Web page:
For designers looking to make a dramatic statement, red can be a helpful ally: Vibrant and bright, red paint colors can really pack a punch, whether used as accents or deployed for a bold all-over look. Red is rich and passionate, joyful and empowering—no wonder Pantone selected the shade Viva Magenta as its 2023 Color of the Year.
Though it’s a strong, inspiring, and impactful color to be sure, red can also function as a neutral. Several of the designers we consulted to come up with this list of the best red paint colors favor a tone that evokes terra-cotta, leaning warmer and more muted than a classic cherry red. Other pros had a penchant for burgundy-like red hues with purple undertones. But no matter the shade—from the deepest wine color to a spirited magenta—when a designer knows how to properly implement it, red has major staying power.
Here, a dozen interior designers share their favorite red paints, as well as how and where to best use them.
Rectory Red by Farrow & Ball
“Nothing is more charming than painting your front door red. And Rectory Red by Farrow & Ball is the optimal shade. It’s a spin on a classic red—a bit warmer and more elevated.” —Sasha Bikoff
Positive Red and Heartthrob by Sherwin-Williams
“For true bold red tones, I prefer to use them as accents to highlight a key moment in a project, [favoring] colors such as Sherwin-Williams’s Positive Red and Heartthrob.” —Holly Nixon, V Starr
Heritage Red by Benjamin Moore
“Red is sexy and adds drama to any space. Benjamin Moore’s Heritage Red is a stunning, rich, potent shade. It’s a fabulous color for a statement room like a living or dining room, where you can set it off with crisp white trim, rich velvets, animal print, and spectacular art. I designed a West Hollywood pied-à-terre with a rrock-and-roll vibe, and this red was the obvious choice.” —Barclay Butera, Barclay Butera Interiors
“I love Heritage Red from Benjamin Moore. It’s classic but still packs a punch. We’ve used it on front doors of houses.” —Erick J. Espinoza, Anthony Baratta
Crushed Velvet by Benjamin Moore
“When it came to my new office, I wanted a big, bold moment welcoming clients into my maximalist world. Red is always a brave, bright, and fantastic way to add drama to spaces. Benjamin Moore’s Crushed Velvet was perfect, as it brings a little violet hue that adds a playful and sexy moment to our ceiling, the fifth wall.” —Isabel Ladd, Isabel Ladd Interiors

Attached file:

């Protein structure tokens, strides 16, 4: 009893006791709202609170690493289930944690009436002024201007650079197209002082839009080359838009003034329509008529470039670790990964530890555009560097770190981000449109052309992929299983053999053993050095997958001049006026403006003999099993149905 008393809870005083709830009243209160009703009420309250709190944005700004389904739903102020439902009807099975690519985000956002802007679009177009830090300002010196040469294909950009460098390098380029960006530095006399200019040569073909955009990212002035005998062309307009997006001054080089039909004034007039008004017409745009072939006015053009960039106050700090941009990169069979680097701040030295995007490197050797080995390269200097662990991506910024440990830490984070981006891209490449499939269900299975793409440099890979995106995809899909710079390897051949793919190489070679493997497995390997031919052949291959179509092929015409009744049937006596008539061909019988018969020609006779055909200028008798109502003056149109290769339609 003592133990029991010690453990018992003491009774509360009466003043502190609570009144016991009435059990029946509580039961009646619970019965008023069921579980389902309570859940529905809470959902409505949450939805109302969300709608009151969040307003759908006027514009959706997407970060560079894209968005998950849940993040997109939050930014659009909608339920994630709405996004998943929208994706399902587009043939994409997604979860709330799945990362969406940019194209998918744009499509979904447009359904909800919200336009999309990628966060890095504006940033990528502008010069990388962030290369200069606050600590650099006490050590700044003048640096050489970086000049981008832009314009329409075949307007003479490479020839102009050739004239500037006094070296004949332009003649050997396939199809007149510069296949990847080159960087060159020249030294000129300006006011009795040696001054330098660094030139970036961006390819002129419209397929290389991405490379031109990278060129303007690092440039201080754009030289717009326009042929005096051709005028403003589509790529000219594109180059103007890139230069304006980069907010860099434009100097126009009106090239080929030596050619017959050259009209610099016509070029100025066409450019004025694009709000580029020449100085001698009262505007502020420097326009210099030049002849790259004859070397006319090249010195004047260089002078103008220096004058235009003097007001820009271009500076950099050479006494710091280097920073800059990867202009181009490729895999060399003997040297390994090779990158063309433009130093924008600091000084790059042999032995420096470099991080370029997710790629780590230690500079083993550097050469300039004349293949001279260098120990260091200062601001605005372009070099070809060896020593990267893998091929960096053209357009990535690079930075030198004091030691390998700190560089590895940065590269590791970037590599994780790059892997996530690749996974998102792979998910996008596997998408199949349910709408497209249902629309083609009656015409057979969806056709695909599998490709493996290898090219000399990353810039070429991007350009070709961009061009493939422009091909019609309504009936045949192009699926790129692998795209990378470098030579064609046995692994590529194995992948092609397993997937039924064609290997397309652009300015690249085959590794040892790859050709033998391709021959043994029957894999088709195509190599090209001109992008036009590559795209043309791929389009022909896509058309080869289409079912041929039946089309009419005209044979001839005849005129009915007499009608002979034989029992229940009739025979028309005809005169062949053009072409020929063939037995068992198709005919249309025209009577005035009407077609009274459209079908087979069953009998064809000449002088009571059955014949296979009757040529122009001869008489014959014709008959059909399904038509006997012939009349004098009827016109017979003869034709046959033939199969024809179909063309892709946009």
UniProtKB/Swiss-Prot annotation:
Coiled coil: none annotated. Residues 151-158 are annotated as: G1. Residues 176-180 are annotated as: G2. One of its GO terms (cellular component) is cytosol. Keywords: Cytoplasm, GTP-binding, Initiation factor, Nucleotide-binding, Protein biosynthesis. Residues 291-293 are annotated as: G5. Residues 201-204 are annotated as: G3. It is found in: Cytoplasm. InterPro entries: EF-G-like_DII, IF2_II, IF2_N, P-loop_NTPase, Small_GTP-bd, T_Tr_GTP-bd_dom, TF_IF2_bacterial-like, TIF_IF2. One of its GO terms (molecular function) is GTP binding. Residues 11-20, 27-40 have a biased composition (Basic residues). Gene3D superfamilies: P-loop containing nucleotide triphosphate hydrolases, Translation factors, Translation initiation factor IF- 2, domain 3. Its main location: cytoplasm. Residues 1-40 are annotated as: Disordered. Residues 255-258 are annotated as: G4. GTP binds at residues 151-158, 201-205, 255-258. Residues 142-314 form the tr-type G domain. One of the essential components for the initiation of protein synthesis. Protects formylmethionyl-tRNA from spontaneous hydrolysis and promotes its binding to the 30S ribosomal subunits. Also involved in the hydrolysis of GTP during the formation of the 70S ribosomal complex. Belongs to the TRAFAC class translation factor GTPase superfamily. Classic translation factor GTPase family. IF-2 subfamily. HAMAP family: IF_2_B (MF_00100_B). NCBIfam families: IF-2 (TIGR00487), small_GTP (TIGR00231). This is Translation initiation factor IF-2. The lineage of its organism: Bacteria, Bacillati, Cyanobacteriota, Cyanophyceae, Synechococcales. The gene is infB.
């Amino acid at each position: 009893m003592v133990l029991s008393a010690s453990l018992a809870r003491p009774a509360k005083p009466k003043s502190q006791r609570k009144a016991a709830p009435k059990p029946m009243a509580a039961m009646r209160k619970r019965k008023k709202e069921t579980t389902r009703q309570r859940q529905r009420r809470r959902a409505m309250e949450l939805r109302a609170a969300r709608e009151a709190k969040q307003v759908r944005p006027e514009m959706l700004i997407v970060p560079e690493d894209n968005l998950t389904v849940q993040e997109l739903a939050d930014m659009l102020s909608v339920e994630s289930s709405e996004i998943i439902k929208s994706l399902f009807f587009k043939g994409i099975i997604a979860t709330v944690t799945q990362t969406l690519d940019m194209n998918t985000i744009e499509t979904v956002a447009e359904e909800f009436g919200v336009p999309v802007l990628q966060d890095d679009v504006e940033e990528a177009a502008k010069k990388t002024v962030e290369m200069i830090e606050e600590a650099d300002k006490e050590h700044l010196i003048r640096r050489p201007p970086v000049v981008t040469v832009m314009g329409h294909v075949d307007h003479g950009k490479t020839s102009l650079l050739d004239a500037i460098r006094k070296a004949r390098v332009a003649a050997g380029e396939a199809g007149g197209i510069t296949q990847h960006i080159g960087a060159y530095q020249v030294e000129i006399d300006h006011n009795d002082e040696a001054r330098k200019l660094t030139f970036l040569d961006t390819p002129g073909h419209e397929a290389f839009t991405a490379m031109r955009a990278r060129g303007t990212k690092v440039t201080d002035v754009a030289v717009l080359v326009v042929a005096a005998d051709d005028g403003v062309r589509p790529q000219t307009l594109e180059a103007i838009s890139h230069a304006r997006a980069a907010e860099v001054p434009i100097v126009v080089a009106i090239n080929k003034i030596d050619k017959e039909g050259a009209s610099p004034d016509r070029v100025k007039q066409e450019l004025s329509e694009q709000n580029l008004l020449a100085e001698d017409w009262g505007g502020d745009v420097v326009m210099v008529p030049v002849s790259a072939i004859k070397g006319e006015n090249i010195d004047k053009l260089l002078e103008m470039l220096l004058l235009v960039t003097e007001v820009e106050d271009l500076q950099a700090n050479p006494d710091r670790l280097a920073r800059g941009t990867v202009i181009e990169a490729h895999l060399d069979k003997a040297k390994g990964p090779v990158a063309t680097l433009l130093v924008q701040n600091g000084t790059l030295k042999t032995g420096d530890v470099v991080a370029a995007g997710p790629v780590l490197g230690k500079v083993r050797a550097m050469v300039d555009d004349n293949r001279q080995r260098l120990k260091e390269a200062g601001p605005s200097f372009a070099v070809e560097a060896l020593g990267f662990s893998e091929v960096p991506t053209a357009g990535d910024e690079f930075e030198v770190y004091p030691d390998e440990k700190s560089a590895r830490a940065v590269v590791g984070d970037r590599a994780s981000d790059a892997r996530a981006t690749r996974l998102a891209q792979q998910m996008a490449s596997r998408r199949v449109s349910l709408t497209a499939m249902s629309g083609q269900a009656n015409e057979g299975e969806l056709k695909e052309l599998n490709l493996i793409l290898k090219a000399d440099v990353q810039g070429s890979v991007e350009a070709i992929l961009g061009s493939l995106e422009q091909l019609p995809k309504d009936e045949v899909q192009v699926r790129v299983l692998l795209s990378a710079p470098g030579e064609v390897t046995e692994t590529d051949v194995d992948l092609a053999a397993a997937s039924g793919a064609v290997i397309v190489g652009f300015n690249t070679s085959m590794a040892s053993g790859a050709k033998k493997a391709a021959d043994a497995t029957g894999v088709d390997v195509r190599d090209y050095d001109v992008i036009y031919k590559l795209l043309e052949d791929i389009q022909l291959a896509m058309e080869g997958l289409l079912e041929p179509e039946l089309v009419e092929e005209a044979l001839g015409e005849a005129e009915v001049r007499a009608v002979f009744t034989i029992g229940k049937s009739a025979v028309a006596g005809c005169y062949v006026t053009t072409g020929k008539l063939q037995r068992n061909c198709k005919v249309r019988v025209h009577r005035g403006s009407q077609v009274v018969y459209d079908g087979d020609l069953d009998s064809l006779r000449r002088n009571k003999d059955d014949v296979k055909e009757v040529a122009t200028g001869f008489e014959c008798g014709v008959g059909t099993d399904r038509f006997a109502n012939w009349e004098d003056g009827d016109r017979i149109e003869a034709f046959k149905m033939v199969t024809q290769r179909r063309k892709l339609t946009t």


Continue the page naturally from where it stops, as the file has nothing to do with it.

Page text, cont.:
Chinese Red by Sherwin-Williams
“What I love about Chinese Red from Sherwin-Williams is that it does not feel as in-your-face as some other reds often can. Yes, it’s bold—but, then again, if you are choosing red, you already know you want a bold color. This shade provides a soothing version of red that works really well with other bold colors. I think as we see warmer whites being such a big trend for trim and built-ins, this softer red works really well for a contrast without being harsh. It has such a special quality where you could use it to update an heirloom piece of furniture to ensure it keeps a special place in your home.” —Lee Crowder, Taylor Morrison
Vermillion Red by Benjamin Moore
“For a bachelor’s exercise room, we used Benjamin Moore’s Vermillion Red coupled with Maharam’s ‘Infinity’ mural by artist Udomsak Krisanamis. The brilliant cinnabar paint ignites strength and power, passion, energy, and motivation for his daily workouts.” —Jon de la Cruz, DLC-ID
Lost Souls by Tonester Paints
“I am not typically a fan of true red, as it can be quite intense, energetic, and often over-stimulating, so it has to be used in the right applications. However, I have recently stumbled upon Tonester Paints, created by Tony Piloseno, and have fallen in love with Lost Souls, a dark, saturated burgundy red. It’s moody, inviting, and sexy while being sophisticated.” —Nixon
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Borscht by Sherwin-Williams
“We love deep, muted colors as a way to create impact and add atmosphere to any space. Using bold colors adds visual depth, so we like to use them in smaller spaces such as powder rooms, mudrooms, laundry rooms, or offices. Lately, we’ve been gravitating toward warm, moody colors in the range of deep plums and maroon reds, with accents of mink browns and rusts, to create an intimate and inviting feel. We recently completed a laundry room in Borscht by Sherwin-Williams and found it to be the perfect shade.” —Kevin Kaminski and Alexis Pew, Kaminski + Pew
Terra Rosa by Color Atelier
“I love Color Atelier’s Terra Rosa in their natural limewash paint finish. It is such a beautiful shade of red. Beautifully warm, rich, and deep, this paint changes and moves throughout the day due to its matte and velvety finish, and it is the perfect backdrop for any common room such as dining rooms or living rooms.” —Lauren Reyes Lim, LVR Studios
Fox Red by Farrow & Ball
“I am pleasantly surprised by how much I love Fox Red, an earthy red. It works well in rooms with limited natural light, and packs both a powerful punch yet simultaneously feels subtle. Like a perfectly aged terra-cotta, it brings just the right amount of warmth and organic depth to a space.” —Lauren Sullivan, Well x Design
Redend Point by Sherwin-Williams
“Redend Point from Sherwin-Williams’s Emerald line is a delicate and serene red that beautifully captures a sense of calmness. It subtly adds a touch of elegance to interiors without overwhelming the space. We find this shade to be an excellent choice for bedrooms, where its tranquil allure can contribute to a restful and soothing environment.” —Rachel Atkins, Dwellify
Red Earth by Farrow & Ball
“I like Red Earth because it evokes a terra-cotta and gives a warmer sensibility to what we perceive a classic red to be. I like to think it’s almost a neutral red that responds really well to the changing of light. It works well as the ceiling of a bedroom.” —Bikoff